The Fire Wish
A jinni. A princess. And the wish that changes everything. . . .
Najwa is a jinni, training to be a spy in the war against the humans. Zayele is a human on her way to marry a prince of Baghdad—which she’ll do anything to avoid. So she captures Najwa and makes a wish. With a rush of smoke and fire, they fall apart and re-form—as each other. A jinni and a human, trading lives. Both girls must play their parts among enemies who would kill them if the deception were ever discovered—enemies including the young men Najwa and Zayele are just discovering they might love.
In THE FIRE WISH, Amber Lough takes her readers to a magical Baghdad where humans and jinn are at war. Two girls from opposite sides of the conflict find themselves caught in the middle when the human Zayele forces a wish from Najwa the jinni in order to escape an arranged marriage. The novel starts out of the gate strong with wonderful detail and engaging characters in a non-Western setting, but about three-quarters of the way through, the pace shifts as though in a hurry to reach the ending, a haste which is especially odd when the book then comes to an abrupt stop.
THE FIRE WISH could be labeled historical fantasy, though I'm not sure what era to put it in. Some aspects make the world feel ancient, while others make it a little more modern. Certainly one of the most captivating aspects of this book is the way Lough paints the settings, from the jeweled cavern of the Jinni to the Caliph's palace in Baghdad. The characters are well-drawn, too, primarily in the contrast between the impulsive Zayele - who has tunnel-vision when it comes to her blind brother - and the thoughtful Najwa - who loves the human world more than she should. My favorite character may just be Rahela, the older cousin of Zayele, who finds herself abandoned on the way to the palace with a jinni girl she has to claim as family, so the (naturally evil) vizir doesn't take the deception out on her tribe. Rahela is practical, but formidable. She's content to be Zayele's companion in this strange new world far from home, and looks forward to "blending in" in the harem, but when Zayele bugs out and leaves poor Najwa in her place, Rahela doesn't panic. She takes charge and leads Najwa through the minefield to come, despite her fears of jinni.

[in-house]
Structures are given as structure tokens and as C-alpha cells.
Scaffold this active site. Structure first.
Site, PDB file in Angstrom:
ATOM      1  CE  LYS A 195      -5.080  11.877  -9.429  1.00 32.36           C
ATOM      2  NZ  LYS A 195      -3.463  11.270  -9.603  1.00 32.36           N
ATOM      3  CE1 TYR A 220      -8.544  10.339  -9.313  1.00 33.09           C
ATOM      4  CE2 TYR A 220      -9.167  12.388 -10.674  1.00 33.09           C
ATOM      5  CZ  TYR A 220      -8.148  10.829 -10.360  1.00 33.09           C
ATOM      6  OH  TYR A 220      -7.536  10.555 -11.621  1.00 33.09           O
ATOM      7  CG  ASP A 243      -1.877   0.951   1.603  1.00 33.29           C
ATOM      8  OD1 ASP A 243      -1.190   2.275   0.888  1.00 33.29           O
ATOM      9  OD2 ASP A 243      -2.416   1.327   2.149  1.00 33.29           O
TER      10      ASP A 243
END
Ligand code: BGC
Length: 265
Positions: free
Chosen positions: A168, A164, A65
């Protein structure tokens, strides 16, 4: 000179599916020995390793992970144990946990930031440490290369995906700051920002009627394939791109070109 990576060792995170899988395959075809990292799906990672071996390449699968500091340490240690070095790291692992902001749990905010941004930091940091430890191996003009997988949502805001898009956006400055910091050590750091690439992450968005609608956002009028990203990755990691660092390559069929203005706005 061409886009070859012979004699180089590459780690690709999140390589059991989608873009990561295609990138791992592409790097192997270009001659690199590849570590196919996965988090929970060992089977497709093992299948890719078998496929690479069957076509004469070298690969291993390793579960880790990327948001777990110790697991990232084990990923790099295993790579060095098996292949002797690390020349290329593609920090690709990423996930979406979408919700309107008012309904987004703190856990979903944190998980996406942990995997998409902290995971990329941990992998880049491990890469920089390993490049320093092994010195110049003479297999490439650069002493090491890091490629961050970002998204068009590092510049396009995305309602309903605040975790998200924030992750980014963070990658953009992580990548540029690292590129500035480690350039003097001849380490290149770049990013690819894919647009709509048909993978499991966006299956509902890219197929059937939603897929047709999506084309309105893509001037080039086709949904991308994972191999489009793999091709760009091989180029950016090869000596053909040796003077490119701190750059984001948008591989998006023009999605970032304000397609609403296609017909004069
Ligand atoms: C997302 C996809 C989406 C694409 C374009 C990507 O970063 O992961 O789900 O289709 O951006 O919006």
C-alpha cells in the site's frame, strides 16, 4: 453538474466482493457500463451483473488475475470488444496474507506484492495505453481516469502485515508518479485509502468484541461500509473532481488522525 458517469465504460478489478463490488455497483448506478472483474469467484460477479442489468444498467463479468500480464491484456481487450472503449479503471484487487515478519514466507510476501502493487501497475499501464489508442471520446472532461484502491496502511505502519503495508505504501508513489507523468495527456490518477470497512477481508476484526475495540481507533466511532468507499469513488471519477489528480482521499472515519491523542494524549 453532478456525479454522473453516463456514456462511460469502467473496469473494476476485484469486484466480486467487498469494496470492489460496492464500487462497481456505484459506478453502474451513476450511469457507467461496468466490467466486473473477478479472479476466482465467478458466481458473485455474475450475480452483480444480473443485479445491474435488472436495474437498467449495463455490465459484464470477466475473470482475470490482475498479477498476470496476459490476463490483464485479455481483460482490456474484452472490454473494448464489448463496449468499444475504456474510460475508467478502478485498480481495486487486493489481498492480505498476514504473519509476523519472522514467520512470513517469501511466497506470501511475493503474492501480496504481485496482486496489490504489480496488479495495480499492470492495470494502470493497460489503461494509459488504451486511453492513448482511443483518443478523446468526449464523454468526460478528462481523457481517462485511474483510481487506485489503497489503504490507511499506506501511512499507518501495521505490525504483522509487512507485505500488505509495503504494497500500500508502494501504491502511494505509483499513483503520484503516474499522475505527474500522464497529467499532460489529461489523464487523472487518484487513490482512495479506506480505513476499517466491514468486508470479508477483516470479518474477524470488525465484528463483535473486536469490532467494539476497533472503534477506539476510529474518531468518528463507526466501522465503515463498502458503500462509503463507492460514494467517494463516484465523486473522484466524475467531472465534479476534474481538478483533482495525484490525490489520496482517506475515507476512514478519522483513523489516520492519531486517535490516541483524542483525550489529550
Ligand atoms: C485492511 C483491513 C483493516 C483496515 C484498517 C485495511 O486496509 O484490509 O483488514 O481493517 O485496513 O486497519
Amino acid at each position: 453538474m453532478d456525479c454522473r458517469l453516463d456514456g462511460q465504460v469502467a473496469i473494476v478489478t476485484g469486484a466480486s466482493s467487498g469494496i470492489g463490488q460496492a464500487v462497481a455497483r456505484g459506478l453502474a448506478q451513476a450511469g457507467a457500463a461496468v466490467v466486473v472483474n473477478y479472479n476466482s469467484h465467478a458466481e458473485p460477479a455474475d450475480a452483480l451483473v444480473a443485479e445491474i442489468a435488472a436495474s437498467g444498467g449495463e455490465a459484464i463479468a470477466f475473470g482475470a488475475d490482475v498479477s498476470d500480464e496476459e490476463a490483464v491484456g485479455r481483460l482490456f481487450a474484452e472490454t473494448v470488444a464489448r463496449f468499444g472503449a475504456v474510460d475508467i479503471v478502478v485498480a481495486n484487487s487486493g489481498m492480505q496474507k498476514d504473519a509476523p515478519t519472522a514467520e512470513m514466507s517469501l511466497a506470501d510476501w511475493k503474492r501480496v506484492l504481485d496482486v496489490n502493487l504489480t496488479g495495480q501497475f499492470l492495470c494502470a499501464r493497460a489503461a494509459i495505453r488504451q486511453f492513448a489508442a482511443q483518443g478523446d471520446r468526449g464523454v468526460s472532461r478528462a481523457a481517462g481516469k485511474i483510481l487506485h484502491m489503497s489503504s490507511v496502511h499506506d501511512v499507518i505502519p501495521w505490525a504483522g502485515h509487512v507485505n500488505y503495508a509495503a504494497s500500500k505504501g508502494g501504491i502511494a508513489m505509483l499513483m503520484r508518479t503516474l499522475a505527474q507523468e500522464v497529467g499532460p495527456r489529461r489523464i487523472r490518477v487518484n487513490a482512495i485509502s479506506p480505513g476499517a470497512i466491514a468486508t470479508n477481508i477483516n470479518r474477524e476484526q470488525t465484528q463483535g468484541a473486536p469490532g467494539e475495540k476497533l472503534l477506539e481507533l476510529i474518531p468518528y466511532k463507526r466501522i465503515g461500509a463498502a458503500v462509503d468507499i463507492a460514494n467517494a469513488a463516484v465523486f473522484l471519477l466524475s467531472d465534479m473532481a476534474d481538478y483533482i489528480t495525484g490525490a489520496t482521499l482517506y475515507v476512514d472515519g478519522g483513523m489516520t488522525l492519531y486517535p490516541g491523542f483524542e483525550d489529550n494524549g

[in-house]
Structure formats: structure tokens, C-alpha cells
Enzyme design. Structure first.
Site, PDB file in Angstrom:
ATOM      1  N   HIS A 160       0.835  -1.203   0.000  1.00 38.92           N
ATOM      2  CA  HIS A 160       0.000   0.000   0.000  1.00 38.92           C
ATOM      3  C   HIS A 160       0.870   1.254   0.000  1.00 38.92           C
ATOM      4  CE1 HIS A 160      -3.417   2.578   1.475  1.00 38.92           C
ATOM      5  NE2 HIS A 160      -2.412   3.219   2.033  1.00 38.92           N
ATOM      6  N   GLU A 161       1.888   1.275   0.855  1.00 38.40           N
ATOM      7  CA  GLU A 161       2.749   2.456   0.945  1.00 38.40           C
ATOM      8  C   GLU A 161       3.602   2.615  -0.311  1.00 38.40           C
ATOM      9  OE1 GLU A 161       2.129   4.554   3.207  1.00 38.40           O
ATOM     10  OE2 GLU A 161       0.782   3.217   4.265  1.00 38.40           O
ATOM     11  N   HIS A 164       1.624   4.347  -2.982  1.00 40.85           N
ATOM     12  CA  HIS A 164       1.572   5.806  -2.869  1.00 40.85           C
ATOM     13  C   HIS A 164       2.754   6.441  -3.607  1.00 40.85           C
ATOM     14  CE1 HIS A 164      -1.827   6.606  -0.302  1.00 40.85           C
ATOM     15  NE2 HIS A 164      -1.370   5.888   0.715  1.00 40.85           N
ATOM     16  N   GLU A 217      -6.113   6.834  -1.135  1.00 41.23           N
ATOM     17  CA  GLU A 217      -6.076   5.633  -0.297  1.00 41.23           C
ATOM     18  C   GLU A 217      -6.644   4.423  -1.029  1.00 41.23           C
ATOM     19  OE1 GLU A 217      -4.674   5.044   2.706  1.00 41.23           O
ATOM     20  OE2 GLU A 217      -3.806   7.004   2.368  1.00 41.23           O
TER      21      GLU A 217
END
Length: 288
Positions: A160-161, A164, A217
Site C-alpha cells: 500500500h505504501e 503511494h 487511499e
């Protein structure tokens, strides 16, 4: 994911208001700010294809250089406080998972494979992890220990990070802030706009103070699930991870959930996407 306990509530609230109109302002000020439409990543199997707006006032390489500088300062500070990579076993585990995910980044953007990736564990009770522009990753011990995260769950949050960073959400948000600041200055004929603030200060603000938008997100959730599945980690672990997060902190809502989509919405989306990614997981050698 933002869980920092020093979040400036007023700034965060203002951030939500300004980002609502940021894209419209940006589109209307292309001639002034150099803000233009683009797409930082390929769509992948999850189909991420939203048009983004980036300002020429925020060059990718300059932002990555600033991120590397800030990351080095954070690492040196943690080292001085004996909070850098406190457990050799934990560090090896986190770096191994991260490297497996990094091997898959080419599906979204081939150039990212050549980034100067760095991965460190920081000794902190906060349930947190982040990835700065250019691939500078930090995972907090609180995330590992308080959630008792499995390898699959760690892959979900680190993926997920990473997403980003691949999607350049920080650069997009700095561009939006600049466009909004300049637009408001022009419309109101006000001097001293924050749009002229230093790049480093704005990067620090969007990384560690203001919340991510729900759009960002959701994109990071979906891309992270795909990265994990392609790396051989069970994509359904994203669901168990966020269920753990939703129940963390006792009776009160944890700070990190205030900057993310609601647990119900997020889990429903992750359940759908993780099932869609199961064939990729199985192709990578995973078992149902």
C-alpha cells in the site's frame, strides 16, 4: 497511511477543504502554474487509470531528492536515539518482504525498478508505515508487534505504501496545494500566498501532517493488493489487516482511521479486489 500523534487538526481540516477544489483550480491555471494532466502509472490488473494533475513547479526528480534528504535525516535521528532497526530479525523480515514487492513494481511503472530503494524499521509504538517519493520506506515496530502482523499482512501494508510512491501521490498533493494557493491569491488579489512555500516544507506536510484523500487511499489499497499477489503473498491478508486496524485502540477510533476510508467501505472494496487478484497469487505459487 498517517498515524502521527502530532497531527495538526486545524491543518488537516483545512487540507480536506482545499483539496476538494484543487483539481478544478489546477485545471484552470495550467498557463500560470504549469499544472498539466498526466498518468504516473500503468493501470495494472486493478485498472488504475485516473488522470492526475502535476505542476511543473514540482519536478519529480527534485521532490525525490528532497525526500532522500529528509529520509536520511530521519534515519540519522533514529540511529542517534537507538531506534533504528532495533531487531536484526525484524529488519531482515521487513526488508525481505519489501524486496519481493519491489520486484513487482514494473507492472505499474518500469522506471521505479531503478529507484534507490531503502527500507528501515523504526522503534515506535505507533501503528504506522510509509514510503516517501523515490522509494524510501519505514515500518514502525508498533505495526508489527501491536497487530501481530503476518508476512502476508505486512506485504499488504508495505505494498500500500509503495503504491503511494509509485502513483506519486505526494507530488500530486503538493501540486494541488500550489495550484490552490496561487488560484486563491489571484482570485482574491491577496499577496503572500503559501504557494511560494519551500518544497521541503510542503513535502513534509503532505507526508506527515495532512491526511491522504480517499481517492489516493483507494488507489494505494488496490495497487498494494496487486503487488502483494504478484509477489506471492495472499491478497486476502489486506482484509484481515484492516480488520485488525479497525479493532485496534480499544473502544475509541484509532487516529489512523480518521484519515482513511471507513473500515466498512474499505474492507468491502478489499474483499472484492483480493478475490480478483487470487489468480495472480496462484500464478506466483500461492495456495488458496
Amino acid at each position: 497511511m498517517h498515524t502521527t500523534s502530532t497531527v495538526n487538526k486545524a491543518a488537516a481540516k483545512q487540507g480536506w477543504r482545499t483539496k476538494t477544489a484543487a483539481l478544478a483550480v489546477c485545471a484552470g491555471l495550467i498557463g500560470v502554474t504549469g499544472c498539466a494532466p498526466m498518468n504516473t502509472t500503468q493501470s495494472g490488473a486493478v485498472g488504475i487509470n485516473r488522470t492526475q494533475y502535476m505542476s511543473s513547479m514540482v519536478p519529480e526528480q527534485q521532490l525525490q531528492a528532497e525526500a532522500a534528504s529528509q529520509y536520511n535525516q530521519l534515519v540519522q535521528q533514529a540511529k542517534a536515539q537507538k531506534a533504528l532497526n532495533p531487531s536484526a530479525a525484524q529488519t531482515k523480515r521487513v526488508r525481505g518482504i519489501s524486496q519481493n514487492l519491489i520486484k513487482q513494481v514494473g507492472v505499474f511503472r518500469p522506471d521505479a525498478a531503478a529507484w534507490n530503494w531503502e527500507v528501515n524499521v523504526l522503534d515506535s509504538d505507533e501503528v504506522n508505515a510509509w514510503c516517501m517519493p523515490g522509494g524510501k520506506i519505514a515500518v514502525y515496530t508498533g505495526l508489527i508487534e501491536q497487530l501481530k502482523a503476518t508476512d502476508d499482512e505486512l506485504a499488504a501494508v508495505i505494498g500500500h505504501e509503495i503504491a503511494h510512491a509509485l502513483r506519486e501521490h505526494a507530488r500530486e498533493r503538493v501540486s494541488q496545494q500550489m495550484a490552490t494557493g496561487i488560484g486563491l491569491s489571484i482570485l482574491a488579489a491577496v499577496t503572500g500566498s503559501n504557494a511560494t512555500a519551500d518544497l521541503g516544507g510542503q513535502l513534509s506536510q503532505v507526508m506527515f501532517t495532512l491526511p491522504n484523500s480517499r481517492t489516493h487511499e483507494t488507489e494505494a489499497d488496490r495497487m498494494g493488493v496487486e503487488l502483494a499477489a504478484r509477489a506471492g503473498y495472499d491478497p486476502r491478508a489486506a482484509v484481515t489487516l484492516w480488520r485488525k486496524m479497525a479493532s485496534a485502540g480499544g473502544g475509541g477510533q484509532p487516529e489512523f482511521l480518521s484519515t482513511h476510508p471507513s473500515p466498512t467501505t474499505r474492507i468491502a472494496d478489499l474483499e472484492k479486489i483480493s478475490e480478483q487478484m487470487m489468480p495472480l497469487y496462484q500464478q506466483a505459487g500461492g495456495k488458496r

I was so enjoying this book that the sudden race to the finish took me by surprise. The love stories in this book are hasty, but no more so than any fairy tale. What threw me, though, was the way secrets and flashbacks dropped in the last few chapters, like the author had a page limit and realized she was reaching it too quickly. If she was so concerned about length, there were probably some earlier scenes she could have cut, or moved some of the big reveals to earlier in the novel. The breakneck pace of the last section, where everything seems to happen at once and one character learns a new skill absurdly fast, just makes the crash landing that much more sudden. The last chapter ends on a wish, clearly setting up for a sequel - but with that in mind, did so much need to be revealed in this book?
Ultimately I think THE FIRE WISH will fit in nicely as a part of a larger whole - on its own, it's a bit wobbly, but still highly enjoyable.
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